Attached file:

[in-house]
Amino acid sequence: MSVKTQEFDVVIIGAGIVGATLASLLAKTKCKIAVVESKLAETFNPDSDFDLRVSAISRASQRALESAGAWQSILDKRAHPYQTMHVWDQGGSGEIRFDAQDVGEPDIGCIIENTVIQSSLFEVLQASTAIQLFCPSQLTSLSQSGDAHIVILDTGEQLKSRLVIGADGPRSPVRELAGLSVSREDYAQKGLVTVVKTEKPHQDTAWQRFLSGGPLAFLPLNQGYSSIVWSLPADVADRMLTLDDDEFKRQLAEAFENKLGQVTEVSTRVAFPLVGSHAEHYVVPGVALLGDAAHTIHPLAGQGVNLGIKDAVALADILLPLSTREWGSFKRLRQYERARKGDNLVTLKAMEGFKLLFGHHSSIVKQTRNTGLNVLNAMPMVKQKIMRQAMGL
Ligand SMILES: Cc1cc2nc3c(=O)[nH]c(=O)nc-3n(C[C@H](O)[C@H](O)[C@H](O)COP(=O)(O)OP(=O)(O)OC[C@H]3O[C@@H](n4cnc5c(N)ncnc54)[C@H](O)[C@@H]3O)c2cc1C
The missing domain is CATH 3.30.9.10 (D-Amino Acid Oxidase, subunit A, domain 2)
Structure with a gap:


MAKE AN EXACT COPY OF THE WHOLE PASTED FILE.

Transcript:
[in-house]
Amino acid sequence: MSVKTQEFDVVIIGAGIVGATLASLLAKTKCKIAVVESKLAETFNPDSDFDLRVSAISRASQRALESAGAWQSILDKRAHPYQTMHVWDQGGSGEIRFDAQDVGEPDIGCIIENTVIQSSLFEVLQASTAIQLFCPSQLTSLSQSGDAHIVILDTGEQLKSRLVIGADGPRSPVRELAGLSVSREDYAQKGLVTVVKTEKPHQDTAWQRFLSGGPLAFLPLNQGYSSIVWSLPADVADRMLTLDDDEFKRQLAEAFENKLGQVTEVSTRVAFPLVGSHAEHYVVPGVALLGDAAHTIHPLAGQGVNLGIKDAVALADILLPLSTREWGSFKRLRQYERARKGDNLVTLKAMEGFKLLFGHHSSIVKQTRNTGLNVLNAMPMVKQKIMRQAMGL
Ligand SMILES: Cc1cc2nc3c(=O)[nH]c(=O)nc-3n(C[C@H](O)[C@H](O)[C@H](O)COP(=O)(O)OP(=O)(O)OC[C@H]3O[C@@H](n4cnc5c(N)ncnc54)[C@H](O)[C@@H]3O)c2cc1C
The missing domain is CATH 3.30.9.10 (D-Amino Acid Oxidase, subunit A, domain 2)
Structure with a gap: